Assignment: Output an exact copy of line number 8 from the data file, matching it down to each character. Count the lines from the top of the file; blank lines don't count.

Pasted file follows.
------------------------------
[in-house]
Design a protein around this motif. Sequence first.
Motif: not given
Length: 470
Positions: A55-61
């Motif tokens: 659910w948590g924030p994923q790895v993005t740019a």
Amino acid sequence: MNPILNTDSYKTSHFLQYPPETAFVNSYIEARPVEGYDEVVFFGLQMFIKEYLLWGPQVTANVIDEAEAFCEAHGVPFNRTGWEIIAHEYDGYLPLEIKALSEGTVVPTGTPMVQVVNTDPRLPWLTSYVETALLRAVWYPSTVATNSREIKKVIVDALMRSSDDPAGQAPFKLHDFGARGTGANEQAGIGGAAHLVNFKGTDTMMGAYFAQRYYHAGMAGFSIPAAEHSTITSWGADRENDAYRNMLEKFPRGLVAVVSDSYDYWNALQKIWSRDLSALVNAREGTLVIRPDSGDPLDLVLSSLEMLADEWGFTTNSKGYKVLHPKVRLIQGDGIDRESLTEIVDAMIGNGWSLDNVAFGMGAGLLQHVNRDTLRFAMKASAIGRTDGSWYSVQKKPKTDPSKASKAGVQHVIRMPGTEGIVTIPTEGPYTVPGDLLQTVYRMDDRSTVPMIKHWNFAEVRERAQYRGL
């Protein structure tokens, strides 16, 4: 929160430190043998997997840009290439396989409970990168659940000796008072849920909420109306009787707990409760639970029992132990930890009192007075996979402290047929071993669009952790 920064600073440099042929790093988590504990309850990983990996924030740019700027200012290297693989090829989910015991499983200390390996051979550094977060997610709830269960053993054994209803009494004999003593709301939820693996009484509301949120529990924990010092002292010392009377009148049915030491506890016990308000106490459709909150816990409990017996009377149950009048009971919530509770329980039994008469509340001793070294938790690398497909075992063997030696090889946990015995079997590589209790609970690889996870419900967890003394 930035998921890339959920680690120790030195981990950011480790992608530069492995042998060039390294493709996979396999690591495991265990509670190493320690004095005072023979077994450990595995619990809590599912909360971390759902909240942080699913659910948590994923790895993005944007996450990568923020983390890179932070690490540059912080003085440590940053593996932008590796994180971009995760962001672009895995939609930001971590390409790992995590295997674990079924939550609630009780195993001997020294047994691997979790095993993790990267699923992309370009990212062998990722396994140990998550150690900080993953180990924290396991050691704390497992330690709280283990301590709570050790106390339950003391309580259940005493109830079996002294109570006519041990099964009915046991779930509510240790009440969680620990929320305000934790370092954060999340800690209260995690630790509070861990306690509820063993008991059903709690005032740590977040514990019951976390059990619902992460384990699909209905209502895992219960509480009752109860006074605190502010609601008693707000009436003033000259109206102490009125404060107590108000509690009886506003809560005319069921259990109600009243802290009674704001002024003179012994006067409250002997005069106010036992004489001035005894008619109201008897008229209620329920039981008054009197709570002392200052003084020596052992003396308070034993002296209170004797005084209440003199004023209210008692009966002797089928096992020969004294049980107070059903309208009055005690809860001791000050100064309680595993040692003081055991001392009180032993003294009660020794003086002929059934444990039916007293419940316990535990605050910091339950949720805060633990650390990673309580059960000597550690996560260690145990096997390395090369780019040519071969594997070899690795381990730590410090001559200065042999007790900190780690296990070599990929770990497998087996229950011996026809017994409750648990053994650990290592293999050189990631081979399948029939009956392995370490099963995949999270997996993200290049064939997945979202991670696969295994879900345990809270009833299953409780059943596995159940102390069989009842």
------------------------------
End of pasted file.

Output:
């Protein structure tokens, strides 16, 4: 929160430190043998997997840009290439396989409970990168659940000796008072849920909420109306009787707990409760639970029992132990930890009192007075996979402290047929071993669009952790 920064600073440099042929790093988590504990309850990983990996924030740019700027200012290297693989090829989910015991499983200390390996051979550094977060997610709830269960053993054994209803009494004999003593709301939820693996009484509301949120529990924990010092002292010392009377009148049915030491506890016990308000106490459709909150816990409990017996009377149950009048009971919530509770329980039994008469509340001793070294938790690398497909075992063997030696090889946990015995079997590589209790609970690889996870419900967890003394 930035998921890339959920680690120790030195981990950011480790992608530069492995042998060039390294493709996979396999690591495991265990509670190493320690004095005072023979077994450990595995619990809590599912909360971390759902909240942080699913659910948590994923790895993005944007996450990568923020983390890179932070690490540059912080003085440590940053593996932008590796994180971009995760962001672009895995939609930001971590390409790992995590295997674990079924939550609630009780195993001997020294047994691997979790095993993790990267699923992309370009990212062998990722396994140990998550150690900080993953180990924290396991050691704390497992330690709280283990301590709570050790106390339950003391309580259940005493109830079996002294109570006519041990099964009915046991779930509510240790009440969680620990929320305000934790370092954060999340800690209260995690630790509070861990306690509820063993008991059903709690005032740590977040514990019951976390059990619902992460384990699909209905209502895992219960509480009752109860006074605190502010609601008693707000009436003033000259109206102490009125404060107590108000509690009886506003809560005319069921259990109600009243802290009674704001002024003179012994006067409250002997005069106010036992004489001035005894008619109201008897008229209620329920039981008054009197709570002392200052003084020596052992003396308070034993002296209170004797005084209440003199004023209210008692009966002797089928096992020969004294049980107070059903309208009055005690809860001791000050100064309680595993040692003081055991001392009180032993003294009660020794003086002929059934444990039916007293419940316990535990605050910091339950949720805060633990650390990673309580059960000597550690996560260690145990096997390395090369780019040519071969594997070899690795381990730590410090001559200065042999007790900190780690296990070599990929770990497998087996229950011996026809017994409750648990053994650990290592293999050189990631081979399948029939009956392995370490099963995949999270997996993200290049064939997945979202991670696969295994879900345990809270009833299953409780059943596995159940102390069989009842």